What Is Your Diagnosis?

Kathryn L. Phillips Department of Structure and Function, Diagnostic Imaging, School of Veterinary Medicine, Ross University, Basseterre, Saint Kitts and Nevis, West Indies.

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Richard B. Page Department of Structure and Function, Diagnostic Imaging, School of Veterinary Medicine, Ross University, Basseterre, Saint Kitts and Nevis, West Indies.

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History

A 24-kg (52.8-lb) 22-month-old sexually intact female pit bull–type dog was referred for evaluation because of lack of appetite and swelling around the right carpus and right stifle joint with associated lameness of 1 month's duration. The patient had been empirically treated with amoxicillin (20 mg/kg [9.1 mg/lb], PO, q 12 h) for 4 weeks. During physical examination, the patient had a body temperature of 40°C (104°F), appeared lethargic, and was overtly lame (only toe touching) on the right thoracic limb. There was firm swelling at the distal aspect of the right antebrachium and on the medial aspect of the right stifle joint. The right stifle joint had palpable synovial effusion. Findings of a CBC and serum biochemical analysis were within reference limits. The patient was treated with analgesic and anti-inflammatory medication. Radiographs of the right carpus and right stifle joint were obtained (Figure 1).

Figure 1—
Figure 1—

Radiographic views of the right carpus (mediolateral [A] and dorsopalmar [B]) and right stifle joint (mediolateral [C] and craniocaudal [D]) of a 22-month-old sexually intact female pit bull–type dog evaluated because of fever, lack of appetite, and swelling around the right carpus and right stifle joint with associated lameness of 1 month's duration.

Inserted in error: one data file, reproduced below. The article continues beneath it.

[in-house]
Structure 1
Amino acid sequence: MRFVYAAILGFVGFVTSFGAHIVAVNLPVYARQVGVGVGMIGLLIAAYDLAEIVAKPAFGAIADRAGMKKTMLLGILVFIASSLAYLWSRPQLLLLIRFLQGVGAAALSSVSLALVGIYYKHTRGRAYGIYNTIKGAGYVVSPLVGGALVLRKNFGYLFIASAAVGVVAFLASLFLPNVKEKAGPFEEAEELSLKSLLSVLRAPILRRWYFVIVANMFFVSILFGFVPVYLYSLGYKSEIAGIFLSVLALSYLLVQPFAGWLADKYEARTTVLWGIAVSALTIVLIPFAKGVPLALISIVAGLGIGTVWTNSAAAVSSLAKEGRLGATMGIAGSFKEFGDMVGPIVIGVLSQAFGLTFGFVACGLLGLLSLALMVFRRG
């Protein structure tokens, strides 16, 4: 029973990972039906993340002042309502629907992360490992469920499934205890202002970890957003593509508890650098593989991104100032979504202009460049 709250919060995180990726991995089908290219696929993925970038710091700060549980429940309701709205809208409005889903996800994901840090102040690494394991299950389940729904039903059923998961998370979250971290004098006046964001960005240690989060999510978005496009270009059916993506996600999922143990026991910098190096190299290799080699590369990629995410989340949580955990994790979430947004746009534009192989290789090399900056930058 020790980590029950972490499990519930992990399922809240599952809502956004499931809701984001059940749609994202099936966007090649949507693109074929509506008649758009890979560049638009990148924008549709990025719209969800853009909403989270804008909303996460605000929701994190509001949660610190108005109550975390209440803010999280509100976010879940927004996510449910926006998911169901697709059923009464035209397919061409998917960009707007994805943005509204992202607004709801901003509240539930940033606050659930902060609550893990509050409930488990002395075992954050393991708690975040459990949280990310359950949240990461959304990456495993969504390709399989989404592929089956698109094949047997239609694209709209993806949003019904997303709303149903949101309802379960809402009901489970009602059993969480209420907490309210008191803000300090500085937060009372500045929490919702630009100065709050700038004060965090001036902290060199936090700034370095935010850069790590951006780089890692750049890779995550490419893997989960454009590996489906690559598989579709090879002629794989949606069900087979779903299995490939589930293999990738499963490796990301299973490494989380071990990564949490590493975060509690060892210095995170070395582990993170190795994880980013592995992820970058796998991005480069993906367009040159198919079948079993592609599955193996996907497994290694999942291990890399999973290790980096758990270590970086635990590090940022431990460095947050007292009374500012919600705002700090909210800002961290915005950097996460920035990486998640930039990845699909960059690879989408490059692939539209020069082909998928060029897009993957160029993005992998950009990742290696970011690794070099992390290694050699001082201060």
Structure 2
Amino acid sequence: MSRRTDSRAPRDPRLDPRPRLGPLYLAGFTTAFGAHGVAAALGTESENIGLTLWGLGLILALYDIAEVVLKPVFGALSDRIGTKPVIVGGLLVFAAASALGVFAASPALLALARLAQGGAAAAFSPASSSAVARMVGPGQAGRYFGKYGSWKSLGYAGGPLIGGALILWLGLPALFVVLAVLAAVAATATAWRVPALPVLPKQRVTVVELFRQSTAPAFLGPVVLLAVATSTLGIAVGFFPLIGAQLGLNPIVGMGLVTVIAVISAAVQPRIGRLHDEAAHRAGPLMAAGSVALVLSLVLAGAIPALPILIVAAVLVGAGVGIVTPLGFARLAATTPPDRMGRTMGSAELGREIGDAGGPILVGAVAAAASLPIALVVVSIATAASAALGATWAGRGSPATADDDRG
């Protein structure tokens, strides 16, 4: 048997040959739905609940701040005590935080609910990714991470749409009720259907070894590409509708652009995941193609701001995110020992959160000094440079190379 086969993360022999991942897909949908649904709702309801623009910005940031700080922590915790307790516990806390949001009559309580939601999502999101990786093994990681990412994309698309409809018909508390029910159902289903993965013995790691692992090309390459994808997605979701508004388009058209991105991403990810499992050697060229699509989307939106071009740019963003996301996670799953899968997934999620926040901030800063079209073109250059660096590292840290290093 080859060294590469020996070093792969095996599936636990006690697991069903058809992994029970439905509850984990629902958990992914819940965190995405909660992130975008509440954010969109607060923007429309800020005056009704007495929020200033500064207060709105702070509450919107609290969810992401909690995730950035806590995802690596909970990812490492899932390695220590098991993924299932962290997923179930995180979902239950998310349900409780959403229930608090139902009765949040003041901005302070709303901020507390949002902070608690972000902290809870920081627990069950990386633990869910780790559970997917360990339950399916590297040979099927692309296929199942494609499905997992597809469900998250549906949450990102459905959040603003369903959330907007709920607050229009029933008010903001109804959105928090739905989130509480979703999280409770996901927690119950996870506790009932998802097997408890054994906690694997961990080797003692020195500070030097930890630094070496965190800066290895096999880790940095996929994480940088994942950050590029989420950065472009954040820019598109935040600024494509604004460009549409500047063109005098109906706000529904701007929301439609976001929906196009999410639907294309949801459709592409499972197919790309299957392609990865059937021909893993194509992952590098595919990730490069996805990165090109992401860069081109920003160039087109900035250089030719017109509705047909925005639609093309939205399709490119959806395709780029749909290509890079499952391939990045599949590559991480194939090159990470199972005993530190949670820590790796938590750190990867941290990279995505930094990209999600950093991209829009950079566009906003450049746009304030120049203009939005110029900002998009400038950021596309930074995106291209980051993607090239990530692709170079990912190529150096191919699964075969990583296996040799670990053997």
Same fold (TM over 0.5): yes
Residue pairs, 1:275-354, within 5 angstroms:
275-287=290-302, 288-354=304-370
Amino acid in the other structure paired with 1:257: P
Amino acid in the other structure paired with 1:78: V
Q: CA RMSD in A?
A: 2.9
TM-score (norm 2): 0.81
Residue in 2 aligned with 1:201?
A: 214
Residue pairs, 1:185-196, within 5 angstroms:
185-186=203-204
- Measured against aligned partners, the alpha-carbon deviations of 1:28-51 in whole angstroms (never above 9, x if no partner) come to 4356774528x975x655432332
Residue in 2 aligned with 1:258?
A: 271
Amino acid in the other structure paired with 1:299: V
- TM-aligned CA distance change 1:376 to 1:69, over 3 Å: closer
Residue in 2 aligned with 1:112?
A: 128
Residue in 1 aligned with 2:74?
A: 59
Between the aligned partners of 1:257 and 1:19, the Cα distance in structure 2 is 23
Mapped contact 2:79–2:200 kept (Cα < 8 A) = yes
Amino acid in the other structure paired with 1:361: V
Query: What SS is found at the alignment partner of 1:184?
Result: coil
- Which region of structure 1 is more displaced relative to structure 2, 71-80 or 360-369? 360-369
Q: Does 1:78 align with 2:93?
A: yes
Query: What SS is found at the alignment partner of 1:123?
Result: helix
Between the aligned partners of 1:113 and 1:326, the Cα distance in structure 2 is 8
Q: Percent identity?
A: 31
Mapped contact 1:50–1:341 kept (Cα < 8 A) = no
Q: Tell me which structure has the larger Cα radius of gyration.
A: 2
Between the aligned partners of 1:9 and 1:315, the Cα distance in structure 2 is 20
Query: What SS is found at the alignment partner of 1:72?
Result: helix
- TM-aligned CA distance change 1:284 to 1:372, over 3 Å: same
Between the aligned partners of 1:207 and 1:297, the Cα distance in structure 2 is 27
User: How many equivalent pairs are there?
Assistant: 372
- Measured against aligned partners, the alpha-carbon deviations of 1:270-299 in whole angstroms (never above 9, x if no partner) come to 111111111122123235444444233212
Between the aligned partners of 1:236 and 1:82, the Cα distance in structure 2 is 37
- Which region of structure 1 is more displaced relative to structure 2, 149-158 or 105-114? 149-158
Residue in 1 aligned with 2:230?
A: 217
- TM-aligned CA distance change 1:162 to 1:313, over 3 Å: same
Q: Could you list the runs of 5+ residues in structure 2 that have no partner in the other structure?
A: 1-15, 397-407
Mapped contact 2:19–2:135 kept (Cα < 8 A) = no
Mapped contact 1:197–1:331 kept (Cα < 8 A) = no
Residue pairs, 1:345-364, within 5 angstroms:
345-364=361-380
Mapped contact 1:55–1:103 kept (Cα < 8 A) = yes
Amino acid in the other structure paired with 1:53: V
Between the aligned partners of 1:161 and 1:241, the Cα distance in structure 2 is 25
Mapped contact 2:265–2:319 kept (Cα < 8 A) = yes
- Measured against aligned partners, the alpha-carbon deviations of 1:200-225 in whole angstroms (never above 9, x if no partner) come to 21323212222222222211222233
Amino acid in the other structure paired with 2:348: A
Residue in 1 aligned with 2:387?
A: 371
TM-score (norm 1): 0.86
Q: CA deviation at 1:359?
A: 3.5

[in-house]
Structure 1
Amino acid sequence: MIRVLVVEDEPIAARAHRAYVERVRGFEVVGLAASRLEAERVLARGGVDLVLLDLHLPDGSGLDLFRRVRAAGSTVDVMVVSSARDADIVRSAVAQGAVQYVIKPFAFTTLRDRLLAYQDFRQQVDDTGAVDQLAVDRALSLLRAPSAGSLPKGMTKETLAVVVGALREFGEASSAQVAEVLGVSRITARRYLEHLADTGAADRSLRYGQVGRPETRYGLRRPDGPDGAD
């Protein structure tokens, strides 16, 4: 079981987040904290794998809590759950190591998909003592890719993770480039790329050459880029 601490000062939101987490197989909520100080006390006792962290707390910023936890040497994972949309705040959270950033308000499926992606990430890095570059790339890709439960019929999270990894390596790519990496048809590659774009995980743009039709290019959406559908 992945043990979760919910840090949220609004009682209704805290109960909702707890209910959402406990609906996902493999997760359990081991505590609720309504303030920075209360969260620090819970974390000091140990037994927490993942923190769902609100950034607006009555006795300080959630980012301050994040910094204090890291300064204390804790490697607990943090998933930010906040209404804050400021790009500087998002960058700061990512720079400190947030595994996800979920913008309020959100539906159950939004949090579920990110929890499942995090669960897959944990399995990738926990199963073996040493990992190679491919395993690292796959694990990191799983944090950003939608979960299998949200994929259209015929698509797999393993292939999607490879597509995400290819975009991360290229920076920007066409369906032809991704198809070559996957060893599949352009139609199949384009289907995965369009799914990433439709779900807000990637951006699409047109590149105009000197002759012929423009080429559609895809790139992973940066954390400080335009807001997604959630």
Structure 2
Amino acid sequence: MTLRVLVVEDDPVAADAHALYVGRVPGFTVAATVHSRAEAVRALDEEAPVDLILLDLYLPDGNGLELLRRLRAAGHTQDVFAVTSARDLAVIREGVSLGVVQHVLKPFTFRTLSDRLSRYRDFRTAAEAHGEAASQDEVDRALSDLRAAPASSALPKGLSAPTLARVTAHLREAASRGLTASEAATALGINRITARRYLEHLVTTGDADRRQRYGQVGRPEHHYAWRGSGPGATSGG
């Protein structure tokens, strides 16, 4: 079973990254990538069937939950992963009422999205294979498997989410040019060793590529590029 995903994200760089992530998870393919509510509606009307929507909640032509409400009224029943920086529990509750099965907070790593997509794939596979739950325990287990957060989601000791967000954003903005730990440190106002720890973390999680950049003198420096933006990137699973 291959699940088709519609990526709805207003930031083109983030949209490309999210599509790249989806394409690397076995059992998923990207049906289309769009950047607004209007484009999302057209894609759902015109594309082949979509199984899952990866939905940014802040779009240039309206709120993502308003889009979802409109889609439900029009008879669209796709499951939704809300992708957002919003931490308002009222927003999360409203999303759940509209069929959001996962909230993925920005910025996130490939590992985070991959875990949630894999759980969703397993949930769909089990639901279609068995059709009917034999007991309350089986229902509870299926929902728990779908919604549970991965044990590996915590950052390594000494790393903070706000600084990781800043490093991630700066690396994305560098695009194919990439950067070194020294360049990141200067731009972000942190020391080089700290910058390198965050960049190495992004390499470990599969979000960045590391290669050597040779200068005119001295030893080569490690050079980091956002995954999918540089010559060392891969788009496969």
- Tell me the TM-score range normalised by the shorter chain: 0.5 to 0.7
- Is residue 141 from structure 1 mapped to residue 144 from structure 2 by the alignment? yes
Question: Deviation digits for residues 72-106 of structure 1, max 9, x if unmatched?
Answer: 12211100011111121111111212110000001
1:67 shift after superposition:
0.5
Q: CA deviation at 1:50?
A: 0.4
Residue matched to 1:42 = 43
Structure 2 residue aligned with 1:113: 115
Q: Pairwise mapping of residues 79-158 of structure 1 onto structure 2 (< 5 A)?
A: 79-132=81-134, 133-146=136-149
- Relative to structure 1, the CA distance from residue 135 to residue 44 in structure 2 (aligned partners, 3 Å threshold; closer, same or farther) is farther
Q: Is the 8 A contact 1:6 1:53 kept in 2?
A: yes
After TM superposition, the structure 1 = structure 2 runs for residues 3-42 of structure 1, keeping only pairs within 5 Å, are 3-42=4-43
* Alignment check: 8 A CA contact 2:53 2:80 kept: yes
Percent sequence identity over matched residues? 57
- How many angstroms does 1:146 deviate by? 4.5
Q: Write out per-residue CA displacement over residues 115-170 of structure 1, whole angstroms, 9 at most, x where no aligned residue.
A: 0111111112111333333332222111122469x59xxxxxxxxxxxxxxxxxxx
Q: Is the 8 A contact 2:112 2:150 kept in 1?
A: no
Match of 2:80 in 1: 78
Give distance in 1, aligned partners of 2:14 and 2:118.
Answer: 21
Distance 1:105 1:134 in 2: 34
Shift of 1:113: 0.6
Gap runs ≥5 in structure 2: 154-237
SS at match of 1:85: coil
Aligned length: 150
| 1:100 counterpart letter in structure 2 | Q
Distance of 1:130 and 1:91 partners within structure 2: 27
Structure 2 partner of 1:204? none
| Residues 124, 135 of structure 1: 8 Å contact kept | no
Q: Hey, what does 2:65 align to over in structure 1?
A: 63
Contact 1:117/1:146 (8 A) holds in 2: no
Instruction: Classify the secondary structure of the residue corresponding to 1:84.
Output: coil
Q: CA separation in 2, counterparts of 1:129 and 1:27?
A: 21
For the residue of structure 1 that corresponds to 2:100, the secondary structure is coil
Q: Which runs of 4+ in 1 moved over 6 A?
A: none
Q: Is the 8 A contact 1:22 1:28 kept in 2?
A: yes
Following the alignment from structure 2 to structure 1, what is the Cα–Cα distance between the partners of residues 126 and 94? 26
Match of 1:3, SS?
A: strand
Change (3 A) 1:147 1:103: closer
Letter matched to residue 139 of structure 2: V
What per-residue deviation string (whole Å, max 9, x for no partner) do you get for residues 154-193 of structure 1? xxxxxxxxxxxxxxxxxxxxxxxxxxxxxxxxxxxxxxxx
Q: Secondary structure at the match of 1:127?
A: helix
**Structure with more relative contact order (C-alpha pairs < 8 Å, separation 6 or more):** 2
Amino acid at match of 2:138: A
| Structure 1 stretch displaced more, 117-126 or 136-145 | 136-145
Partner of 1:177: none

Citation: Journal of the American Veterinary Medical Association 241, 7; 10.2460/javma.241.7.877

Determine whether additional imagining studies are required, or make your diagnosis from Figure 1then turn the page

Radiographic Findings and Interpretation

Aggressive bone lesions are evident at the distal metaphysis of the right radius and ulna and the proximal metaphysis of the right tibia (Figure 2). The lesions were characterized by proliferative amorphous periosteal reaction, permeative lysis of the parent bone with disruption of the cortices, and swelling of associated soft tissues. The radiographic diagnosis was polyostotic aggressive bone lesions with multiple limb involvement. The differential diagnoses for polyostotic aggressive bone lesions include bacterial or fungal osteomyelitis and neoplasia.